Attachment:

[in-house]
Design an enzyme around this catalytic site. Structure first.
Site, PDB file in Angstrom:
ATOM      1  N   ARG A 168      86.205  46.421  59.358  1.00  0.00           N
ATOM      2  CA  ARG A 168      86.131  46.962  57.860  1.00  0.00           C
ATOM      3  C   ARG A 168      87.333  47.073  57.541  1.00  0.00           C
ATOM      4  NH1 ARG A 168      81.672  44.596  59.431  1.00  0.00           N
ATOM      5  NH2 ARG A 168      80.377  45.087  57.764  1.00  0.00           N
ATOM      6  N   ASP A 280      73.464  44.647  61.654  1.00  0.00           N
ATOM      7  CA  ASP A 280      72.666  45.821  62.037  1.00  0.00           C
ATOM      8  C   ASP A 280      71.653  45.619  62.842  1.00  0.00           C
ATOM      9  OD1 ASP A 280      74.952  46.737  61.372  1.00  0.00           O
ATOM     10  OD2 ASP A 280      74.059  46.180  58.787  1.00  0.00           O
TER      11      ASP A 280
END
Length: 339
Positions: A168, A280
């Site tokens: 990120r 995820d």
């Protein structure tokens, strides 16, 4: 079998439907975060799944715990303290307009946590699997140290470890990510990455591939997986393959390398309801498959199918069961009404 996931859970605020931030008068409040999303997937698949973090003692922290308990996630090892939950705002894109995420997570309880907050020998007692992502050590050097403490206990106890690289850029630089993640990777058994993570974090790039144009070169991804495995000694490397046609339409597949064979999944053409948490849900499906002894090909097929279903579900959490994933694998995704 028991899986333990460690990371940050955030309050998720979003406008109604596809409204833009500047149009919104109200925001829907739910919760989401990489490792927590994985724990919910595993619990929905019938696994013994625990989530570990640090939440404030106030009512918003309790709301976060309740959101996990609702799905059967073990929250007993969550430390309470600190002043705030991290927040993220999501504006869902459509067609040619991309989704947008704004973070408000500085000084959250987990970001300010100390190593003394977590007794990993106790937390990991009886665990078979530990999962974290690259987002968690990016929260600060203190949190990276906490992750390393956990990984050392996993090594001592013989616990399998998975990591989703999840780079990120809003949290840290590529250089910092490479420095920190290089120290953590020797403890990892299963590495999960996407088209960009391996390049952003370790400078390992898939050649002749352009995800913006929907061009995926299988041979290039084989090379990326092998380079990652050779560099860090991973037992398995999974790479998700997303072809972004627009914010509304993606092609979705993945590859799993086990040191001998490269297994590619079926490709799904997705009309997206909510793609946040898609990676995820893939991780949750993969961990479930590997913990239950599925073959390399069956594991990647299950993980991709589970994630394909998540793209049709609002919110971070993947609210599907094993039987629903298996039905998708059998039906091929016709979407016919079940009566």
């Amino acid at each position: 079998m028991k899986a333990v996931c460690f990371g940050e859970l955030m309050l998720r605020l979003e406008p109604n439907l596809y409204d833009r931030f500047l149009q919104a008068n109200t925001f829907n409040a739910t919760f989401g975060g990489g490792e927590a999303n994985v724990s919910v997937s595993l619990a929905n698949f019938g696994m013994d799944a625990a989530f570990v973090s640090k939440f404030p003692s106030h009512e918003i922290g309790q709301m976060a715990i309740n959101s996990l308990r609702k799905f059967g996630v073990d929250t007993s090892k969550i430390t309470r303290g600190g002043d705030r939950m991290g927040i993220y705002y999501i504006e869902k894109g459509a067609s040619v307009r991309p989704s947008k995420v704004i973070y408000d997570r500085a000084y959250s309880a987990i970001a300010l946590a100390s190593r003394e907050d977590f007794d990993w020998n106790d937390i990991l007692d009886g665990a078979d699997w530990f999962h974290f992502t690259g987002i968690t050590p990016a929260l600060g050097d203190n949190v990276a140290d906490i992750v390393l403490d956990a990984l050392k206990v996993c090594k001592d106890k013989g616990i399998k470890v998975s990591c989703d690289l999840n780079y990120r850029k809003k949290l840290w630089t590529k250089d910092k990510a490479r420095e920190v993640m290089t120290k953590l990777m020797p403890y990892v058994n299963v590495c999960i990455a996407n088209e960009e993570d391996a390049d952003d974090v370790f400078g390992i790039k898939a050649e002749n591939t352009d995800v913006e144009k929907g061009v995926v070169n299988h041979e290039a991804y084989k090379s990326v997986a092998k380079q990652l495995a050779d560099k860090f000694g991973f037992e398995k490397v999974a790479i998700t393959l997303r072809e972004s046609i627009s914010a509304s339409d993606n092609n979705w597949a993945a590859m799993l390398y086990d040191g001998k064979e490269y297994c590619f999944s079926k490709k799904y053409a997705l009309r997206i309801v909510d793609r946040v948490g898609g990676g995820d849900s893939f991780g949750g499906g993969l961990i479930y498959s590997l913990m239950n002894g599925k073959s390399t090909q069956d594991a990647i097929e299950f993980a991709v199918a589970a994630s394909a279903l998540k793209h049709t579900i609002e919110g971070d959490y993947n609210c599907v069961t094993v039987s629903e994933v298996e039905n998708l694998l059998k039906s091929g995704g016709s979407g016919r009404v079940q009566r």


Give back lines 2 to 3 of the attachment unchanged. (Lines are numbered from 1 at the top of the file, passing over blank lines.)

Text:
Design an enzyme around this catalytic site. Structure first.
Site, PDB file in Angstrom: